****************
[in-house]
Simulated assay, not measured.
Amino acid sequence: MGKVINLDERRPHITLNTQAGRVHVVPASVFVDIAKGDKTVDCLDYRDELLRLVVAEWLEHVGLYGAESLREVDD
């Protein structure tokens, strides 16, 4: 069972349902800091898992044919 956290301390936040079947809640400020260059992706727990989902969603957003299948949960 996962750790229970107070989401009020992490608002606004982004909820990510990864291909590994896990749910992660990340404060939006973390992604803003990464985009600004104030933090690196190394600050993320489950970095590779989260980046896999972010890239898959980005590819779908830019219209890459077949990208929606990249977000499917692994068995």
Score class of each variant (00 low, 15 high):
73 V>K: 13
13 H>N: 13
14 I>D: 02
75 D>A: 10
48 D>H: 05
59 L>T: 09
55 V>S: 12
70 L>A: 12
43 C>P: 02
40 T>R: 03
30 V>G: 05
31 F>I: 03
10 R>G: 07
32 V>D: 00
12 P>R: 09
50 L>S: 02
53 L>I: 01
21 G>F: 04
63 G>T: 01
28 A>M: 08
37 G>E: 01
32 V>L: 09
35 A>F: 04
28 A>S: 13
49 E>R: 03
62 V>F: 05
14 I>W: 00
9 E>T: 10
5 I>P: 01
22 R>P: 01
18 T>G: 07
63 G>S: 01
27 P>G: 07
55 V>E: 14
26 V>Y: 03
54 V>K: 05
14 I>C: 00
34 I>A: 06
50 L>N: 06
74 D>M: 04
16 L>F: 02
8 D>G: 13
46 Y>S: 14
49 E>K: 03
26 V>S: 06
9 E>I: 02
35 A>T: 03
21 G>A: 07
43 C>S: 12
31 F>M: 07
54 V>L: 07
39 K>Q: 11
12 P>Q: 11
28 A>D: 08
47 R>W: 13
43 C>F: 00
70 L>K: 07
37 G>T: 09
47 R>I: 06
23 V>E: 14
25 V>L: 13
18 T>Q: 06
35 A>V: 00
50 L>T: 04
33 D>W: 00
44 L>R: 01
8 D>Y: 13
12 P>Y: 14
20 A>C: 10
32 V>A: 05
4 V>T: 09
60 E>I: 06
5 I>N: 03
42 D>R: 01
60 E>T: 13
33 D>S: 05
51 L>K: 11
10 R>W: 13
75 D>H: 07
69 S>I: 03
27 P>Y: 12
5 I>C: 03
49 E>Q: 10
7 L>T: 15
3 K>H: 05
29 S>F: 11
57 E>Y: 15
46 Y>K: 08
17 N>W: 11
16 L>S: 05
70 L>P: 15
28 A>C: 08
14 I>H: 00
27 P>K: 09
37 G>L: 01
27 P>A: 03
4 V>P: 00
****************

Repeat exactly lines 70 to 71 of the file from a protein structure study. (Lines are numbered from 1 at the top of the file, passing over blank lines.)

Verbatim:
33 D>W: 00
44 L>R: 01